Demonstrating poorer capitalization than an undergrad basing their writing style entirely around Ernest Hemingway’s affects, the Seattle Mariners lost to the Anaheim Angels 4-3 Friday evening. The 42k strong fireworks night crowd was poised for joyous comeback victory, or really any offense whatsoever that might’ve mitigated the stress. Instead, they were treated to a true clunker, unbefitting of the dominant performance Seattle received from their big offseason addition.
Robbie Ray was strong, bordering on sensational. Invigorated by a combination of his club’s acquisition of another ace, a return to the friendly confines of T-Mobile Park, and (most pertinent) not facing the Houston Astros anymore. He struck out 10, a level he’s reached four times this year, while allowing just the one run, scampered across by Luis Rengifo on a bloop single from Jo Adell in the 1st inning that would be his only blemish. In working 7.0 strong frames, he helped save his bullpen while also keeping the club in the game. Whereas Ray had been forced by the infuriatingly patient Houston Astros to bring his pitches over the heart of the plate as they spit on his efforts to get them to chase, Anaheim brought no such reservations, they took after Ray’s slider like greyhounds.
Unfortunately, the M’s offense made no headway in holding up their end of the bargain. Despite wildness from Angels LHP Patrick Sandoval, Seattle stranded 10 LOBsters, clicking their claws in the wind after a pair of double plays and an empty bases-loaded opportunity. Sandoval’s quality shouldn’t be overlooked; the lefty is Anaheim’s lone remaining truly quality starter behind Shohei Ohtani, and it is in large part because of his ability to induce grounders to erase the ills of his free passes. But in failing to punish the mistakes Sandoval left, Seattle left open the door for a decimated Angels club to slip past them needlessly.
In what can only be interpreted as a statement of some sort by Scott Servais to his offense, and perhaps the front office, the M’s manager went to lefty Ryan Borucki for the top of the 9th after Erik Swanson skated by for a scoreless 8th. With the score still 1-0 and two lefties due up in the frame, it’s not too hard to grasp why Servais wanted his lefty in. On the other hand, Borucki being the club’s best and only southpaw in the pen is a limitation the club is mostly locked into at this point. When the inconsistent 28-year-old flounders, as he did this evening with a hit by pitch to Mickey Moniak followed by a solo homer to righty swinging Max Stassi, it’s hard to overlook that Seattle’s bullpen is currently a huge swath of highly effective pitchers with almost the same profile. Sewald, Muñoz, Brash, Festa, and Murfee are all fastball/slider savants with brilliant offerings, and each has shown the ability to handle high-leverage work. But if Seattle doesn’t trust them with lefties in a one-run game in the 9th, or sees them as inferior on at least a day of rest to Borucki, there is a wrench in the roster as currently oriented, exacerbated by the current six-man rotation.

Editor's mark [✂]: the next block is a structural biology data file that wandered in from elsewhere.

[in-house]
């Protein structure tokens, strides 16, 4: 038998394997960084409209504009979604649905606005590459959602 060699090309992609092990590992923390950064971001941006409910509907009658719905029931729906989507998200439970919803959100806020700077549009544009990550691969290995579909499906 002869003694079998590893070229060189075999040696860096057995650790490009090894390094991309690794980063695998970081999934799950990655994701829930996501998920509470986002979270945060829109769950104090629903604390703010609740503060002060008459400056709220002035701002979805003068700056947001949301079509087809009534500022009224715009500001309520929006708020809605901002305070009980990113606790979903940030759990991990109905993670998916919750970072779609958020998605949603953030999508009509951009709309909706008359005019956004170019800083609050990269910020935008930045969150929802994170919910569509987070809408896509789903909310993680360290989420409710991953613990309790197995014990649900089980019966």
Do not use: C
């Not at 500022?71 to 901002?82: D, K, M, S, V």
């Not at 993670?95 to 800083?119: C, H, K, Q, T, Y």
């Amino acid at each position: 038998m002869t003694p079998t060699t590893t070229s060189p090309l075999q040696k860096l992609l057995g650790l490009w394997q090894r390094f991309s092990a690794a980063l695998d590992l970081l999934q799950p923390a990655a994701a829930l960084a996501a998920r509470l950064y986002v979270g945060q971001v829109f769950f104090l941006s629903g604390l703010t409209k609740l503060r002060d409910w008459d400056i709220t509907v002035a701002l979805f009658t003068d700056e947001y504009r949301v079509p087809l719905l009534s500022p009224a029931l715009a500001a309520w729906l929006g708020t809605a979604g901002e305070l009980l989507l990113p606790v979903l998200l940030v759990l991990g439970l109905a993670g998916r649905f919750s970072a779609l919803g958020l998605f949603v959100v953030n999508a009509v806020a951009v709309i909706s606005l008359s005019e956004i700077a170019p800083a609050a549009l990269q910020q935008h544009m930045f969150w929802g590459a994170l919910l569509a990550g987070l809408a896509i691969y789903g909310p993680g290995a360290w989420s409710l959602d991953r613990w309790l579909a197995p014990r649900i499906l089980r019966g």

Fortunately, Seattle’s bats awoke in a fury, limbs akimbo as they attempted to brush their teeth, put their shoes on, and select clean underwear in one fell swoop. Jesse Winker walked, new arrival Jake Lamb made a spectacular first impression in his homecoming debut with a single up the middle, and with two outs Adam Frazier stayed hot and knocked a double in the corner to draw the score to 3-1. Ty France, bless his heart, made small amends for what had been thus far a supremely disappointing return to action, cracking a quintessential unshiftable single directly past Jesse Chavez, notably not Raisel Iglesias.
France gets credit every time he smacks a single the other way from one broadcaster or another for using the whole field, and it’s a lovely trait to be sure. But when it really can count is moments like this, where for many hitters their tendencies are such that good contact is often a waste. Jesse Winker made nearly this exact same hit earlier in the game, but with a defender stationed right behind the keystone, it was a simple groundout. Not so for France, and hon hon hon here came Eugenio Suárez. Despite every fiber of desire in the body and voice of Dave Sims, the 3B’s fly ball could not carry past (to?) the warning track in right field. Extras it was. A loss it would be.
I don’t have much to say on the happenings in the 10th. Paul Sewald did just fine, albeit frustratingly leaving a slider far too much over the plate with two strikes to Taylor Ward to allow a solidly struck sacrifice fly. At the same time, Seattle’s best reliever came in and got groundout, flyout, strikeout to the 9-1-2 of the order. Don’t swat at the gnats when a bear is standing in the trail, as they say. The Mariners offense is the bear in this case, except a bear is typically scary, at least when encountered at night. Hopefully tomorrow we can see them roar.